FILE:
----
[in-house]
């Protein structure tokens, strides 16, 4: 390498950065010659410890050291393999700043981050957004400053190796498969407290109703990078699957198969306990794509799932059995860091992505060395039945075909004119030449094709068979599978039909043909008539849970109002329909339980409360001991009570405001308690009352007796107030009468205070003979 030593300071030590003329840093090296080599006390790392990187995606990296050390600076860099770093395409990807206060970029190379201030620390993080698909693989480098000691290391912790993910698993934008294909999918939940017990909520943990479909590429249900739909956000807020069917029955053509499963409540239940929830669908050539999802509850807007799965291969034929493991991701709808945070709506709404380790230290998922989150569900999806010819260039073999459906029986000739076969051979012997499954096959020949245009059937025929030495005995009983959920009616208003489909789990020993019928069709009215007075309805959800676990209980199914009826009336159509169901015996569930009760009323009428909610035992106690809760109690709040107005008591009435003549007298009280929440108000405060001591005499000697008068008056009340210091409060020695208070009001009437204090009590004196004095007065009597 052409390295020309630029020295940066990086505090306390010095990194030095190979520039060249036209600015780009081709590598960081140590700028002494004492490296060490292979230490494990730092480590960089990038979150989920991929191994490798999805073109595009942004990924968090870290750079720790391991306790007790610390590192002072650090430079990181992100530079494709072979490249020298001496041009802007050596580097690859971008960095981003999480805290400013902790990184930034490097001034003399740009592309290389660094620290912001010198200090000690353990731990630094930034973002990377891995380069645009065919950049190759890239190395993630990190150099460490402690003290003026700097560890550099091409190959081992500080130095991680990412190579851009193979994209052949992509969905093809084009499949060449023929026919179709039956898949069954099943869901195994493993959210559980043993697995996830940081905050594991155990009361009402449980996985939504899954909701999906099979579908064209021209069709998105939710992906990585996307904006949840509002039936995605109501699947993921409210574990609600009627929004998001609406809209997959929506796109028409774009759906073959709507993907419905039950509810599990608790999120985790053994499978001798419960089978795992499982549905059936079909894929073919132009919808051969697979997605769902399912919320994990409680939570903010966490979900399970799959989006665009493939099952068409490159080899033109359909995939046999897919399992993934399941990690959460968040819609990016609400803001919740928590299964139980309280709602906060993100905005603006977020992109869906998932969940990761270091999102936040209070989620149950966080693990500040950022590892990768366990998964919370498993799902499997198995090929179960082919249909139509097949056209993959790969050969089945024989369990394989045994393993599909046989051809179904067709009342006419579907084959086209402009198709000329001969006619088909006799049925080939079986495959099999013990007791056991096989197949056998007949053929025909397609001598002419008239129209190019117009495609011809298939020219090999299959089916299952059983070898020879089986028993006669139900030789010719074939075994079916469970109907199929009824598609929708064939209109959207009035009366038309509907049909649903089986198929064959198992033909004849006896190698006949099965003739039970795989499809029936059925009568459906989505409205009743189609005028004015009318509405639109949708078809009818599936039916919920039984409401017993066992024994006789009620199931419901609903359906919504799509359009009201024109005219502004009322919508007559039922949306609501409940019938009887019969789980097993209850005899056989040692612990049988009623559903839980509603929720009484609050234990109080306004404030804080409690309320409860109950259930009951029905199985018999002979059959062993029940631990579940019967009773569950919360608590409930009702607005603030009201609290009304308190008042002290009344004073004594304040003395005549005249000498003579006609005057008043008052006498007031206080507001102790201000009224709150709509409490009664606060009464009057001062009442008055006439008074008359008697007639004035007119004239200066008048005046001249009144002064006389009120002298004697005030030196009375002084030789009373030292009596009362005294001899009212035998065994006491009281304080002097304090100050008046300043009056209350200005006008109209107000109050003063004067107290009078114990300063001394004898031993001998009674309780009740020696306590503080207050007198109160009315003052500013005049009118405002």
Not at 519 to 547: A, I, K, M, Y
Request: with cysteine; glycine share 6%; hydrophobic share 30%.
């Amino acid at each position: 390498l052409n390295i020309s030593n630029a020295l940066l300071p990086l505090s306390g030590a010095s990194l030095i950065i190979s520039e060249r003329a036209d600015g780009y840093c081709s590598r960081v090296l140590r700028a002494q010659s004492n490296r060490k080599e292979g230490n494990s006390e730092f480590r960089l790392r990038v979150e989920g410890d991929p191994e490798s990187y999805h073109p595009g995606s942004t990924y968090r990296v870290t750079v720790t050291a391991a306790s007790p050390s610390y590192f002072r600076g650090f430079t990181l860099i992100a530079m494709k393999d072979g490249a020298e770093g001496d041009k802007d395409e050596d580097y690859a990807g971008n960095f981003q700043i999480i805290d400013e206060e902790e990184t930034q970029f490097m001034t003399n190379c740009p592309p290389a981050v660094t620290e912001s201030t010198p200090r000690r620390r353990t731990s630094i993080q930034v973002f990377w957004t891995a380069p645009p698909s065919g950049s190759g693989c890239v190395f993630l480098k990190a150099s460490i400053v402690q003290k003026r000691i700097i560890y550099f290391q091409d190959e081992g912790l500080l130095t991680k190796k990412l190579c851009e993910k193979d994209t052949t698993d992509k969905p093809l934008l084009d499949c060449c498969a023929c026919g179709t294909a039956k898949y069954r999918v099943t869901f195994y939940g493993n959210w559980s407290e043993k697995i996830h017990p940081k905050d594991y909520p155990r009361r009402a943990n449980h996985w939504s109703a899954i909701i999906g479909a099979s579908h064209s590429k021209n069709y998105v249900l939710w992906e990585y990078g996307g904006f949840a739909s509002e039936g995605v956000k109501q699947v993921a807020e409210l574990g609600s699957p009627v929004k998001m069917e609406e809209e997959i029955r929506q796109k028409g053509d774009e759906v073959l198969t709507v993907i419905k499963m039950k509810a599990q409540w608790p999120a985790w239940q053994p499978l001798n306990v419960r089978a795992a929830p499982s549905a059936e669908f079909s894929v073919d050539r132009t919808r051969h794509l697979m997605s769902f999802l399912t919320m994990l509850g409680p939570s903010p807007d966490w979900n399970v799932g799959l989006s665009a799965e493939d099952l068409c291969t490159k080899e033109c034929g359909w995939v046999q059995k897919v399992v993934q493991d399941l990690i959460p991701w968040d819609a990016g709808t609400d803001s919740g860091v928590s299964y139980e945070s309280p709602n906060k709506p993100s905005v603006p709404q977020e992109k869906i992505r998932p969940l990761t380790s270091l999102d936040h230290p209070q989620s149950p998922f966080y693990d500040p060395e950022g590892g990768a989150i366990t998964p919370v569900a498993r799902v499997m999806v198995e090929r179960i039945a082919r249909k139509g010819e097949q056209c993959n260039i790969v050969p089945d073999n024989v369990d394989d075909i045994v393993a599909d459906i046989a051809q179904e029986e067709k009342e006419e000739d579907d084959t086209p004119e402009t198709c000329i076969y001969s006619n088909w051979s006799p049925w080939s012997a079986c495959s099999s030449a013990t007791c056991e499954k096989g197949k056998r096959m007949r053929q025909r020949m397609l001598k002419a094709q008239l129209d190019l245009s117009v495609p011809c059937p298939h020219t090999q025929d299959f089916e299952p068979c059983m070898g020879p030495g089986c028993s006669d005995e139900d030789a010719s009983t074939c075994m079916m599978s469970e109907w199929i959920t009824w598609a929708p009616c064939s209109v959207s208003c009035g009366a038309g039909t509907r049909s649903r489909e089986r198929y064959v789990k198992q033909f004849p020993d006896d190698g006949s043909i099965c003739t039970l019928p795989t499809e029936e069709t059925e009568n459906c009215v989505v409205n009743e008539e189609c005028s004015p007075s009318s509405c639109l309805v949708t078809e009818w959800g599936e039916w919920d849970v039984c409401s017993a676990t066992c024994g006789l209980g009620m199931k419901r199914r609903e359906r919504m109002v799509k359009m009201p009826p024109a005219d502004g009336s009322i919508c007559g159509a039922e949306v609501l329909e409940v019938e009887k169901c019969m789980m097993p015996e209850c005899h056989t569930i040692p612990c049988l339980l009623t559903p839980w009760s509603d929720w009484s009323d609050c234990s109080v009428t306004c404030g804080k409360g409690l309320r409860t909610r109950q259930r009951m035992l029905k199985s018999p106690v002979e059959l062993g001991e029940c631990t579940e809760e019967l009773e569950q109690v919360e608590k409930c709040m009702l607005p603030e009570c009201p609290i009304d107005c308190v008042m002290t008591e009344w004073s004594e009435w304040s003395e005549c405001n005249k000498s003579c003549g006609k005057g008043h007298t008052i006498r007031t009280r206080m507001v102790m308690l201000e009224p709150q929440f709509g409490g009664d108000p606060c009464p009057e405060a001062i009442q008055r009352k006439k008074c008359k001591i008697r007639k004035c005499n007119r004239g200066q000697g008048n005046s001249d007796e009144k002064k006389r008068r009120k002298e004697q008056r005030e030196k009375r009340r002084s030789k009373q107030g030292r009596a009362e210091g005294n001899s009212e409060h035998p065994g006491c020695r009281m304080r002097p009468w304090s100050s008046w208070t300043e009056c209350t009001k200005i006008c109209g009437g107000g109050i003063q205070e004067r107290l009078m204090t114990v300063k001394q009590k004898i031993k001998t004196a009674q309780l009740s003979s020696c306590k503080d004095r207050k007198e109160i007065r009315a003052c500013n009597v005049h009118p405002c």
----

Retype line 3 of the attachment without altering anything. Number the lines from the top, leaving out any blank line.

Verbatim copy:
Not at 519 to 547: A, I, K, M, Y